Thus, in the Bay of Soraka, in the White
Sea, during the winter months, holes are made
in the ice for the nets, which range from 1 12 to 245 feet
long, by 17 to 28 feet deep ; while their autumn fish-
ing is done with nets 56 feet long, which are attended
by a couple of boats, each manned by three men, the
nets that are hauled in from the shore being from
350 to 700 feet long. In Sweden nets are used vary-
ing from 35 to 120 fathoms long, by 12 to 26 yards
deep, meshes ranging from 1 8 to 24 to the yard. In
Deep Sacke Bay the nets are from 40 to 45 fathoms,
by 8 to 10 fathoms deep, 30 meshes to the yard. In
Scotland nets run 60 yards by 18 to 20 deep, with
meshes varying from 33 to 42 to the yard, and their
boats carry from 40 to 80 nets, which are now gene-
rally made of cotton, This being about half the
36 THE SILVERY HOSTS OF THE NORTH SEA.
weight of hemp, allows a boat to carry double the
length of net formerly used. The substitution of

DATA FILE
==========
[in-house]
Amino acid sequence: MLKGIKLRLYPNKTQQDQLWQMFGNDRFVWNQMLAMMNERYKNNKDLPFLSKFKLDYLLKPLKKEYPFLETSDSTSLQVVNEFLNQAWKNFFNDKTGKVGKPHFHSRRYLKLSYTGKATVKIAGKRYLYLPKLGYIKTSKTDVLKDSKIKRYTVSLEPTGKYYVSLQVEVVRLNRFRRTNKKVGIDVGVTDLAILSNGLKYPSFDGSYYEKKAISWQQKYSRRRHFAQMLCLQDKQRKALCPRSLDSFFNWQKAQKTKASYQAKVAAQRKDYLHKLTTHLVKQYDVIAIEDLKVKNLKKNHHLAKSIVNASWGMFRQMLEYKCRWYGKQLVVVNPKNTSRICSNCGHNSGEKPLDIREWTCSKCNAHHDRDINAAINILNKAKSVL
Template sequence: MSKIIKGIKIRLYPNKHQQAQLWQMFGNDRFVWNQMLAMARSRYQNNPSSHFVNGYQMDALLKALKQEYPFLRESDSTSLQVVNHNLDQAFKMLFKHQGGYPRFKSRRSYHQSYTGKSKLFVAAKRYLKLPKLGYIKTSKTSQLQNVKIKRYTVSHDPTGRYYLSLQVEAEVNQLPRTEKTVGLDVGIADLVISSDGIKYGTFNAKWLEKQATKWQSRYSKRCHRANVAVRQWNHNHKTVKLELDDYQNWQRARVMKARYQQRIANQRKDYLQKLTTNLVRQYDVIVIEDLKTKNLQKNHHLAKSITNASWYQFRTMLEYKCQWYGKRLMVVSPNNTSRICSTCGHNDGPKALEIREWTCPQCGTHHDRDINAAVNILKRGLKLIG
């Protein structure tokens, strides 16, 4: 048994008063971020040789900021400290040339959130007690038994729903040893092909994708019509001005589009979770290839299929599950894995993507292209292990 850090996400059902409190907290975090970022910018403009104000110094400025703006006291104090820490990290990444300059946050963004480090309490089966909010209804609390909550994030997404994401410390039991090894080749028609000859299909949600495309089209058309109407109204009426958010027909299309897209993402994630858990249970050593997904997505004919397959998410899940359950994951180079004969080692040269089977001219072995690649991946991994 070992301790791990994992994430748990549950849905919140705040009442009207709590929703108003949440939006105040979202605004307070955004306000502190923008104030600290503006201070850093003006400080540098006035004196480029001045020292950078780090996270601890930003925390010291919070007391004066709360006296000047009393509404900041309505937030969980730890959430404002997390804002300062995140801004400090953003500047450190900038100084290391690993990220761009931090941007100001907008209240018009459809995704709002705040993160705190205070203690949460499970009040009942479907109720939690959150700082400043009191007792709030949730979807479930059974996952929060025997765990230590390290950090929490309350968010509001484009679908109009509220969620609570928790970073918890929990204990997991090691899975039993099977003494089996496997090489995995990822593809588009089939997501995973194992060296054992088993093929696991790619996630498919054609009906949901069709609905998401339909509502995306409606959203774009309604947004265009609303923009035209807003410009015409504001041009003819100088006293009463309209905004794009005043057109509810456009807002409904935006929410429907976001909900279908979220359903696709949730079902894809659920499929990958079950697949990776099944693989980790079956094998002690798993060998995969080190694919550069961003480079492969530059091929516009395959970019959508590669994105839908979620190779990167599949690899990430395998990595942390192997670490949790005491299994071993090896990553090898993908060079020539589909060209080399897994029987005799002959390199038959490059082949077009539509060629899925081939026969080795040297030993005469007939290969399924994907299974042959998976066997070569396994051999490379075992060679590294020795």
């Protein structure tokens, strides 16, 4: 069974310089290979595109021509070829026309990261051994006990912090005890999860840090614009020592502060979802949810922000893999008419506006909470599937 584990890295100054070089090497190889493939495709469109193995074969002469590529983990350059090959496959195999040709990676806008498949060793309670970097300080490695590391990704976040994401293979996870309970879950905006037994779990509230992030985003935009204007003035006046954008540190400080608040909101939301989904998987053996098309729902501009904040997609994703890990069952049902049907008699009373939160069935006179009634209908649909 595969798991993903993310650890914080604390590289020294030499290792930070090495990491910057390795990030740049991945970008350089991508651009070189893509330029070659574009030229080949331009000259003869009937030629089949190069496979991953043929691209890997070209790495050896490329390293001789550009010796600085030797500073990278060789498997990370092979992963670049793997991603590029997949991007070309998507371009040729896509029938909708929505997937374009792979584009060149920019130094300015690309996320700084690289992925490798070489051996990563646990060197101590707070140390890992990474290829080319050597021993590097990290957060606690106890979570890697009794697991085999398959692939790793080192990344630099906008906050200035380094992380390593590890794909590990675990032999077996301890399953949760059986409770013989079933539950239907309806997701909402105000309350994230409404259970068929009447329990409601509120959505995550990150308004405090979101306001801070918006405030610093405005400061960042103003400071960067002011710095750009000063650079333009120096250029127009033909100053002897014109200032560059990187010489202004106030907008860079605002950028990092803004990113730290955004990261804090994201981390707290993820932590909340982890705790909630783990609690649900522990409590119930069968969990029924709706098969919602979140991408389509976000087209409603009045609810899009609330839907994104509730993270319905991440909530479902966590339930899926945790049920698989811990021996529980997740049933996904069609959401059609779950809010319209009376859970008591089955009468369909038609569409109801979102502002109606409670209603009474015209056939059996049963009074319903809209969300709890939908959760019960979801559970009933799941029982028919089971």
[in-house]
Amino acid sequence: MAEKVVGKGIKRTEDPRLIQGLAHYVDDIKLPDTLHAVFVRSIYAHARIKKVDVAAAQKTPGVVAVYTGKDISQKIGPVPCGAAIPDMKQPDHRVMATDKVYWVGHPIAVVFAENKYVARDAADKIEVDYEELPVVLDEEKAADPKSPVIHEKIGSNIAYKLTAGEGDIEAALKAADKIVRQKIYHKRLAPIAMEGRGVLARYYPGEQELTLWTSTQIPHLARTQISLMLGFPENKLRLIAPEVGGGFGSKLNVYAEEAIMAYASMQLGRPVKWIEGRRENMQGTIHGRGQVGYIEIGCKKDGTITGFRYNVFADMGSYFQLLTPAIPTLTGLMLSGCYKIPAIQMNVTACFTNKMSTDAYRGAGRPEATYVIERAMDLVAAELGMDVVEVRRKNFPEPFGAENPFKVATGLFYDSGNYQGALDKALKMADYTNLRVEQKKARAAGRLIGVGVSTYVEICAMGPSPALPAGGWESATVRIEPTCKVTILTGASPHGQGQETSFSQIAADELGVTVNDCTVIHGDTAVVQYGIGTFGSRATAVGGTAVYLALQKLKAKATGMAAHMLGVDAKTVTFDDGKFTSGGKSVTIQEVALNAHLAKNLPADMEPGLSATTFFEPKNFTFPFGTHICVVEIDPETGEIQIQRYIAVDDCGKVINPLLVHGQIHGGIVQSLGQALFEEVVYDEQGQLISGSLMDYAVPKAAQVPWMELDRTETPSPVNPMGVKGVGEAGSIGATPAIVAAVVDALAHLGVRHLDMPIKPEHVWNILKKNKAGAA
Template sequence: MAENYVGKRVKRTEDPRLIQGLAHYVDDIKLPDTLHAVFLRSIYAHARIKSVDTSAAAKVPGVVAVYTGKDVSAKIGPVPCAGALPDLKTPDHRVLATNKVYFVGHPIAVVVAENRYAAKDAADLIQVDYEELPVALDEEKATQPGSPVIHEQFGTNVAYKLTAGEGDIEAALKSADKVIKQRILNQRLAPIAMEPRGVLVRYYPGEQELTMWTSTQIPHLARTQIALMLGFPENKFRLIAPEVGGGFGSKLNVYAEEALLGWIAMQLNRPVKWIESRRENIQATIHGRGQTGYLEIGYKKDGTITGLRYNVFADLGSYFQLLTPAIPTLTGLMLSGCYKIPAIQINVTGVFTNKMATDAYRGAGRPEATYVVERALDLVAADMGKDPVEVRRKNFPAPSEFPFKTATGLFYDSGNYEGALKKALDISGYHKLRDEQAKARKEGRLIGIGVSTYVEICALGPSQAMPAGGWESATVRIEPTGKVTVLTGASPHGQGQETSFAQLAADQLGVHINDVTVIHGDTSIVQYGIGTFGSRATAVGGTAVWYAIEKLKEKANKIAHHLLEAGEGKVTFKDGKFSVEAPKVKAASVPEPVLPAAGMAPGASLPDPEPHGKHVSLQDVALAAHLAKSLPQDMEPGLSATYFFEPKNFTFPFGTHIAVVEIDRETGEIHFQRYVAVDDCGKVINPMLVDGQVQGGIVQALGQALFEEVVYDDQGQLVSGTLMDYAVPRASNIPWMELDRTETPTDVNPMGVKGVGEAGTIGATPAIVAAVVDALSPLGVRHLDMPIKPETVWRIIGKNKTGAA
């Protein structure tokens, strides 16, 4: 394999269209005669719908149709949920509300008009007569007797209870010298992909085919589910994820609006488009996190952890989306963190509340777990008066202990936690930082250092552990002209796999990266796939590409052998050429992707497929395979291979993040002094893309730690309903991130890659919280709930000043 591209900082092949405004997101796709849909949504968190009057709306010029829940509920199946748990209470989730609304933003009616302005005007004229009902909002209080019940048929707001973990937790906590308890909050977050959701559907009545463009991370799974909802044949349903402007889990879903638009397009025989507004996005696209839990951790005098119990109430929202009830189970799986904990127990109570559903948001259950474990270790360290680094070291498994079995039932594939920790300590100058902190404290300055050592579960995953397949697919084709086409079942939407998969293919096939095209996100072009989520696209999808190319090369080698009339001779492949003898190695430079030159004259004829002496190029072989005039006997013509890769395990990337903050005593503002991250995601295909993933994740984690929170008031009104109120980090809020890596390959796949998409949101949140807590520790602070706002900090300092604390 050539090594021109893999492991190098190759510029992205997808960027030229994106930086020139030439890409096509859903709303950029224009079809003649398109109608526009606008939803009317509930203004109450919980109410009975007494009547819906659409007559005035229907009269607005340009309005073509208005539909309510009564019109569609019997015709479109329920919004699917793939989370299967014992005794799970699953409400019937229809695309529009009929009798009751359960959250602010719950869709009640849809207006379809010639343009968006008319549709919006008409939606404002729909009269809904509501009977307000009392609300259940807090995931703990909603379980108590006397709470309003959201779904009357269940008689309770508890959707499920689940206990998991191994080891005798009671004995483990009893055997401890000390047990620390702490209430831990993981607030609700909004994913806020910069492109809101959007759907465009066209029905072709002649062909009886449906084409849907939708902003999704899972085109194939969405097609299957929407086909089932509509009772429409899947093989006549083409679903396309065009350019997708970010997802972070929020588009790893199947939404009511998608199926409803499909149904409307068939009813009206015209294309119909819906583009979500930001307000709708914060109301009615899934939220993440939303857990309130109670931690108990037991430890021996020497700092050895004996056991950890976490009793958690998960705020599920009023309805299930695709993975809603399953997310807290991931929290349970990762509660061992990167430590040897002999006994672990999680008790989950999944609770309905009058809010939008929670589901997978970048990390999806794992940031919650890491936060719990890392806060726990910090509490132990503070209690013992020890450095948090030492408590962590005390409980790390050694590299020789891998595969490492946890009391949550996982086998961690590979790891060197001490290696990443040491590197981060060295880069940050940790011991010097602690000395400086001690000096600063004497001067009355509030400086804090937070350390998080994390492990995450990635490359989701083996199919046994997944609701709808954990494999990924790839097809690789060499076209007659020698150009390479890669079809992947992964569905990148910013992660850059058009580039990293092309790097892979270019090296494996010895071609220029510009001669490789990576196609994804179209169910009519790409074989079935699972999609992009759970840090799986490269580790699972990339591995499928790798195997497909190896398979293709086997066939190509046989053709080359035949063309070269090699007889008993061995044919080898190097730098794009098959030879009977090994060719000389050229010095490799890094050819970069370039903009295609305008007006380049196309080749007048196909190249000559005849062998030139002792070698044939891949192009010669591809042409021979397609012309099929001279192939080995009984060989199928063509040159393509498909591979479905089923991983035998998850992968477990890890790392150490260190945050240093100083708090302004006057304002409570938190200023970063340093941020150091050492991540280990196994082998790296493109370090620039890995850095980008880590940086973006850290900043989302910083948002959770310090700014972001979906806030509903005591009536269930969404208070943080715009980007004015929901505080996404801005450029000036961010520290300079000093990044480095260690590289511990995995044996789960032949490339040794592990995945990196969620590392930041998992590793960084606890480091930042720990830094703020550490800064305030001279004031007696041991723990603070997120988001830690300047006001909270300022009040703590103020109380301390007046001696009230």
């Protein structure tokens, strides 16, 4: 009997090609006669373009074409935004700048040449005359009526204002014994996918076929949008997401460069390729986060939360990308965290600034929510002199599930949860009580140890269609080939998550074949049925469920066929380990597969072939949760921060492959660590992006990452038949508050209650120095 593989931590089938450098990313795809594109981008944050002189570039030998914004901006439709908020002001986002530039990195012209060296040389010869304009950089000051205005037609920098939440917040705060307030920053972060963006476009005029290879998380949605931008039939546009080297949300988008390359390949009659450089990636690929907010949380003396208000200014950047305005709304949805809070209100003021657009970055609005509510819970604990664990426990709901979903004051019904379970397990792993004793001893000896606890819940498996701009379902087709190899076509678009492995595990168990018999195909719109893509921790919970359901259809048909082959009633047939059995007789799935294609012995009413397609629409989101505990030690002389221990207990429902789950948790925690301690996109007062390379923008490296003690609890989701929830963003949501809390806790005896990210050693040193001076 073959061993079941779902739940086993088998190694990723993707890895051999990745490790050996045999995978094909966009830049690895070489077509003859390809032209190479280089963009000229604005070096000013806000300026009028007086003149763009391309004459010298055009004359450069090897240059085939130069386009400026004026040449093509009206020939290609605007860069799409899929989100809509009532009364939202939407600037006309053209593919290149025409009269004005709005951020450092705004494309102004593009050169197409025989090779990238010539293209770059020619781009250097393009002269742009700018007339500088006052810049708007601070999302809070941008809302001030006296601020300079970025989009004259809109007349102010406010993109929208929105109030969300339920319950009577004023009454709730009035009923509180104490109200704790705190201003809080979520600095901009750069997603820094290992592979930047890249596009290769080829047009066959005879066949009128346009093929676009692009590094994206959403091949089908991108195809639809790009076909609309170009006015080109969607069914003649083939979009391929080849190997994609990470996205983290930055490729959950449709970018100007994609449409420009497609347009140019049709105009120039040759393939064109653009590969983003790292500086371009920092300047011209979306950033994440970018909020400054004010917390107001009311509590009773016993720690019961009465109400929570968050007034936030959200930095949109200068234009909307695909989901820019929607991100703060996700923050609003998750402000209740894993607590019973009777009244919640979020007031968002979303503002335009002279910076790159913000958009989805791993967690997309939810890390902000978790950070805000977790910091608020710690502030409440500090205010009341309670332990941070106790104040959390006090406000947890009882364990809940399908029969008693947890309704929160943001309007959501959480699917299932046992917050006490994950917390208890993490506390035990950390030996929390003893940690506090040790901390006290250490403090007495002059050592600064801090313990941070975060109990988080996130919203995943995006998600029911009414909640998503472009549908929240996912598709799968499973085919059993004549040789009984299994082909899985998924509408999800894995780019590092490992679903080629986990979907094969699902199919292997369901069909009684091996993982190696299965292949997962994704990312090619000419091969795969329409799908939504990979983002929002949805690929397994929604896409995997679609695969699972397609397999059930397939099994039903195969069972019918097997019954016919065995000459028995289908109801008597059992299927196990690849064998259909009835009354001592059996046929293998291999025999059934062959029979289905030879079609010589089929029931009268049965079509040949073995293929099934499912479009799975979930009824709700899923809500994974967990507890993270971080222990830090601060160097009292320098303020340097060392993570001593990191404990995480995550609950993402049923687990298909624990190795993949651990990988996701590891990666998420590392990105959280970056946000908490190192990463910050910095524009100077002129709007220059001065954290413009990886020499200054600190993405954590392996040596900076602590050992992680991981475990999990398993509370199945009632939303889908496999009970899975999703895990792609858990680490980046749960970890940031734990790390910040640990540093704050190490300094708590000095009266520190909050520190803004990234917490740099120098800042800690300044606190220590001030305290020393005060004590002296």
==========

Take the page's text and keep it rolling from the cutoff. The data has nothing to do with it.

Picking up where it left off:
cotton for hemp will be seen to be of great import-
ance when it is noted that at the Lewis and Bara
fishing, in Scotland, last year (1882), there were 1,300
boats engaged ; so that at a moderate computation
they spread nearly 2,000 miles of netting, instead of
half that quantity ; and off Fraserburg, on a good
night, there will be 1,000 miles of net set.
Yarmouth boats are considerably larger than the
Scotch, and carry more nets and hands. The original
cost of a first-class drifter of the largest size (Yar T
mouth), hull and spars, ready for sea, ranges from
1,000 to 1,200; to this must be added nets and
fishing gear, which increases her total by from 400
to 500 more. The same remarks apply also to the
Lowestoft boats, many of which, from the greater
number of herring buyers, frequent the Yarmouth
haven in preference to their own. These boats ave-
rage twelve hands eleven men and one boy each.
During the season of 1882 there fished from Yarmouth
some 400 Yarmouth boats of from 15 to 40 tons; 200
under 15 tons; 150 boats from Lowestoft ; 250 from
Scotland, and some 30 from other places, more than
1,000 boats, employing about 1 1,000 souls, and spread-
ing over 2,000 miles of net. Yarmouth boats carry
from 100 to 1 80 nets, which measure 30 yards by n
yards deep, with 32 meshes to the yard. Thus a single
boat, according to her size, spreads from I J to 3 miles
In July the Yarmouth herring boats are busy
FISHING IMPLEMENTS-MODE OF CAPTURE. 37
making their preparations for the North Sea fishing,